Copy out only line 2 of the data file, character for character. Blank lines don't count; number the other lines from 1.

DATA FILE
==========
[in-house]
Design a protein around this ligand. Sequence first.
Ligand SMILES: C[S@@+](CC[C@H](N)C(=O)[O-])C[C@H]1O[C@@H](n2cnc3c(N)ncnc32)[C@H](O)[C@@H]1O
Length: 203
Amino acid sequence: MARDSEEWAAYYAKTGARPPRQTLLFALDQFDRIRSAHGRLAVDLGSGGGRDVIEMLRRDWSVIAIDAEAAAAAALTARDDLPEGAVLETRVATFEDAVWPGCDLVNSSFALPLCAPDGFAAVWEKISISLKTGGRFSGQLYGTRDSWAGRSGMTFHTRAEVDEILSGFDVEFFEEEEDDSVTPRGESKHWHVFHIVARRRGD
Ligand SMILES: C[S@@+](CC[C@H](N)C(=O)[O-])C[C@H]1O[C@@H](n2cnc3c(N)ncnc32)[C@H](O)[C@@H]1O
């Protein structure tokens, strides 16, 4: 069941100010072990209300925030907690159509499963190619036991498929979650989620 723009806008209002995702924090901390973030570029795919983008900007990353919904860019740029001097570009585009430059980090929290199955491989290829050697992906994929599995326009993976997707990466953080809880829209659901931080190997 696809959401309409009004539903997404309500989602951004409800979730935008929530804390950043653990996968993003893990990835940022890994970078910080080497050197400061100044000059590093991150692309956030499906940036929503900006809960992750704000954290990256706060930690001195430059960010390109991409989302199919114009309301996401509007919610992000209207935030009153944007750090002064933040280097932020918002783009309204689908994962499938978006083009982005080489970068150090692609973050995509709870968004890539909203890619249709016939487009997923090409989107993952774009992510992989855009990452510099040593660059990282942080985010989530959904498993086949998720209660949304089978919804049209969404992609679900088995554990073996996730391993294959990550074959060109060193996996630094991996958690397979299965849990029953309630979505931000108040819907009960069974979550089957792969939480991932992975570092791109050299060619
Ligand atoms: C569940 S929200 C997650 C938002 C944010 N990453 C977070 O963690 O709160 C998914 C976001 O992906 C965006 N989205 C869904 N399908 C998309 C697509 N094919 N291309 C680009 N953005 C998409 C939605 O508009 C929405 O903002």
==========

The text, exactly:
Design a protein around this ligand. Sequence first.